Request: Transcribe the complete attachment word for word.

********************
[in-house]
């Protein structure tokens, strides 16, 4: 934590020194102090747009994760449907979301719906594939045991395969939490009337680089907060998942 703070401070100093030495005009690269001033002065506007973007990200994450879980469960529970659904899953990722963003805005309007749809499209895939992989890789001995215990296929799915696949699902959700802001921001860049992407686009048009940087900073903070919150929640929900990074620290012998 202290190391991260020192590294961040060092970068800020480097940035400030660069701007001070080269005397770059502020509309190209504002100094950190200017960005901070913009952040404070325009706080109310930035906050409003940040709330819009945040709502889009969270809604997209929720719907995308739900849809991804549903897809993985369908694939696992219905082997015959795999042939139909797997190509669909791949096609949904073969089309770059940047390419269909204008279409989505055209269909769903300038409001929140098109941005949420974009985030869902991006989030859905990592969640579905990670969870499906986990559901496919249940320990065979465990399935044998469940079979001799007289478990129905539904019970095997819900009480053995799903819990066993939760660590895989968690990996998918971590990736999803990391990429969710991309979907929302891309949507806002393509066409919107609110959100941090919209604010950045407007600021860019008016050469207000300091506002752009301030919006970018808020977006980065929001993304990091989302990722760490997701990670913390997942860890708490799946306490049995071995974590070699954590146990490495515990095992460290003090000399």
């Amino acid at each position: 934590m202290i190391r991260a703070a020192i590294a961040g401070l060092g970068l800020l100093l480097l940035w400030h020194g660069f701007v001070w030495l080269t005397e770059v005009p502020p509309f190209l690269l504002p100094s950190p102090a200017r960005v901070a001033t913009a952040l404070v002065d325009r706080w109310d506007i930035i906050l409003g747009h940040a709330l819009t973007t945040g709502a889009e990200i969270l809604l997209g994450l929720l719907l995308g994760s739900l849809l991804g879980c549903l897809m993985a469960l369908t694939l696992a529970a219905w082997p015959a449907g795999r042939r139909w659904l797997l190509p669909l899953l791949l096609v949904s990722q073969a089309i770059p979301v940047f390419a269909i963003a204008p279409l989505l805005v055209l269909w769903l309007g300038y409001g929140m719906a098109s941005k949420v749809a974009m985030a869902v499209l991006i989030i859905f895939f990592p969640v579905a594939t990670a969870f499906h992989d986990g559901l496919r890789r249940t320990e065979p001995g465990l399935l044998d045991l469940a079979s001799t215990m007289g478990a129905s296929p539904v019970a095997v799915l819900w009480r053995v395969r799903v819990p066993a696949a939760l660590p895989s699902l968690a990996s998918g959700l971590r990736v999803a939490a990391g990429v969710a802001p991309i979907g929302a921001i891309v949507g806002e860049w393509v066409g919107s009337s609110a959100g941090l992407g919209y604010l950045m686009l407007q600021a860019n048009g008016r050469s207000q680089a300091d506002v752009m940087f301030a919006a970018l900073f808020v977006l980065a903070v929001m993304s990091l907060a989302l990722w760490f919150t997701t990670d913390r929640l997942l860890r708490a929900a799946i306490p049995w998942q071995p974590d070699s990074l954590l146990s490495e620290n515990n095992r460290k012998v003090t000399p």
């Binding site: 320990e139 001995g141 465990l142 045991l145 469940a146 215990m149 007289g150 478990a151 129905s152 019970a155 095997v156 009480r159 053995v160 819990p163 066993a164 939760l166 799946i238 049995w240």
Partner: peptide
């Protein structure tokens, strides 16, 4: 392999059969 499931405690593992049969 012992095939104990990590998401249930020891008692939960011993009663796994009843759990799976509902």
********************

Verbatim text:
[in-house]
């Protein structure tokens, strides 16, 4: 934590020194102090747009994760449907979301719906594939045991395969939490009337680089907060998942 703070401070100093030495005009690269001033002065506007973007990200994450879980469960529970659904899953990722963003805005309007749809499209895939992989890789001995215990296929799915696949699902959700802001921001860049992407686009048009940087900073903070919150929640929900990074620290012998 202290190391991260020192590294961040060092970068800020480097940035400030660069701007001070080269005397770059502020509309190209504002100094950190200017960005901070913009952040404070325009706080109310930035906050409003940040709330819009945040709502889009969270809604997209929720719907995308739900849809991804549903897809993985369908694939696992219905082997015959795999042939139909797997190509669909791949096609949904073969089309770059940047390419269909204008279409989505055209269909769903300038409001929140098109941005949420974009985030869902991006989030859905990592969640579905990670969870499906986990559901496919249940320990065979465990399935044998469940079979001799007289478990129905539904019970095997819900009480053995799903819990066993939760660590895989968690990996998918971590990736999803990391990429969710991309979907929302891309949507806002393509066409919107609110959100941090919209604010950045407007600021860019008016050469207000300091506002752009301030919006970018808020977006980065929001993304990091989302990722760490997701990670913390997942860890708490799946306490049995071995974590070699954590146990490495515990095992460290003090000399």
């Amino acid at each position: 934590m202290i190391r991260a703070a020192i590294a961040g401070l060092g970068l800020l100093l480097l940035w400030h020194g660069f701007v001070w030495l080269t005397e770059v005009p502020p509309f190209l690269l504002p100094s950190p102090a200017r960005v901070a001033t913009a952040l404070v002065d325009r706080w109310d506007i930035i906050l409003g747009h940040a709330l819009t973007t945040g709502a889009e990200i969270l809604l997209g994450l929720l719907l995308g994760s739900l849809l991804g879980c549903l897809m993985a469960l369908t694939l696992a529970a219905w082997p015959a449907g795999r042939r139909w659904l797997l190509p669909l899953l791949l096609v949904s990722q073969a089309i770059p979301v940047f390419a269909i963003a204008p279409l989505l805005v055209l269909w769903l309007g300038y409001g929140m719906a098109s941005k949420v749809a974009m985030a869902v499209l991006i989030i859905f895939f990592p969640v579905a594939t990670a969870f499906h992989d986990g559901l496919r890789r249940t320990e065979p001995g465990l399935l044998d045991l469940a079979s001799t215990m007289g478990a129905s296929p539904v019970a095997v799915l819900w009480r053995v395969r799903v819990p066993a696949a939760l660590p895989s699902l968690a990996s998918g959700l971590r990736v999803a939490a990391g990429v969710a802001p991309i979907g929302a921001i891309v949507g806002e860049w393509v066409g919107s009337s609110a959100g941090l992407g919209y604010l950045m686009l407007q600021a860019n048009g008016r050469s207000q680089a300091d506002v752009m940087f301030a919006a970018l900073f808020v977006l980065a903070v929001m993304s990091l907060a989302l990722w760490f919150t997701t990670d913390r929640l997942l860890r708490a929900a799946i306490p049995w998942q071995p974590d070699s990074l954590l146990s490495e620290n515990n095992r460290k012998v003090t000399p």
């Binding site: 320990e139 001995g141 465990l142 045991l145 469940a146 215990m149 007289g150 478990a151 129905s152 019970a155 095997v156 009480r159 053995v160 819990p163 066993a164 939760l166 799946i238 049995w240």
Partner: peptide
């Protein structure tokens, strides 16, 4: 392999059969 499931405690593992049969 012992095939104990990590998401249930020891008692939960011993009663796994009843759990799976509902």